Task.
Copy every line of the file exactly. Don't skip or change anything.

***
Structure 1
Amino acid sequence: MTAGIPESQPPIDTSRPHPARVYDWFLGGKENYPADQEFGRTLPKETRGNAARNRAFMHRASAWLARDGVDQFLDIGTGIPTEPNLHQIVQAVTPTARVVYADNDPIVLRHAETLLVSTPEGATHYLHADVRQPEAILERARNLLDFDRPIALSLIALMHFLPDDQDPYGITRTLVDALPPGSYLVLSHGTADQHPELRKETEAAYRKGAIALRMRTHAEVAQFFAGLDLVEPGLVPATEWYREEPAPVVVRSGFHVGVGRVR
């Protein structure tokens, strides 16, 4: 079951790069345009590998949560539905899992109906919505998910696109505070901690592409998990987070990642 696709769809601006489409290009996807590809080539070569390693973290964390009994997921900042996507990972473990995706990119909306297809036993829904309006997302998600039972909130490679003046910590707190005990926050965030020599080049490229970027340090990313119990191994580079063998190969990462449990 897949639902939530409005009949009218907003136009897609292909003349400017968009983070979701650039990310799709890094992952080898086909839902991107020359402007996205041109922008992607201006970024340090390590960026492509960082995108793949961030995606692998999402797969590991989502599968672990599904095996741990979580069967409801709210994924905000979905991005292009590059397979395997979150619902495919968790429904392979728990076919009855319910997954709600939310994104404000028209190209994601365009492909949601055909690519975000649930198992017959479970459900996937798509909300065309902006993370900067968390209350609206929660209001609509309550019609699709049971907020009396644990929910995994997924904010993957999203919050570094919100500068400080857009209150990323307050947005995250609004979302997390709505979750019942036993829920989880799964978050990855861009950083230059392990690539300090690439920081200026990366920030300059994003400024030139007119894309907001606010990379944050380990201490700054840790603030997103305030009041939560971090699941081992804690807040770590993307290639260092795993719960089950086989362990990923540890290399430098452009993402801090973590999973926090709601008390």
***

Structure 1
Amino acid sequence: MTAGIPESQPPIDTSRPHPARVYDWFLGGKENYPADQEFGRTLPKETRGNAARNRAFMHRASAWLARDGVDQFLDIGTGIPTEPNLHQIVQAVTPTARVVYADNDPIVLRHAETLLVSTPEGATHYLHADVRQPEAILERARNLLDFDRPIALSLIALMHFLPDDQDPYGITRTLVDALPPGSYLVLSHGTADQHPELRKETEAAYRKGAIALRMRTHAEVAQFFAGLDLVEPGLVPATEWYREEPAPVVVRSGFHVGVGRVR
């Protein structure tokens, strides 16, 4: 079951790069345009590998949560539905899992109906919505998910696109505070901690592409998990987070990642 696709769809601006489409290009996807590809080539070569390693973290964390009994997921900042996507990972473990995706990119909306297809036993829904309006997302998600039972909130490679003046910590707190005990926050965030020599080049490229970027340090990313119990191994580079063998190969990462449990 897949639902939530409005009949009218907003136009897609292909003349400017968009983070979701650039990310799709890094992952080898086909839902991107020359402007996205041109922008992607201006970024340090390590960026492509960082995108793949961030995606692998999402797969590991989502599968672990599904095996741990979580069967409801709210994924905000979905991005292009590059397979395997979150619902495919968790429904392979728990076919009855319910997954709600939310994104404000028209190209994601365009492909949601055909690519975000649930198992017959479970459900996937798509909300065309902006993370900067968390209350609206929660209001609509309550019609699709049971907020009396644990929910995994997924904010993957999203919050570094919100500068400080857009209150990323307050947005995250609004979302997390709505979750019942036993829920989880799964978050990855861009950083230059392990690539300090690439920081200026990366920030300059994003400024030139007119894309907001606010990379944050380990201490700054840790603030997103305030009041939560971090699941081992804690807040770590993307290639260092795993719960089950086989362990990923540890290399430098452009993402801090973590999973926090709601008390």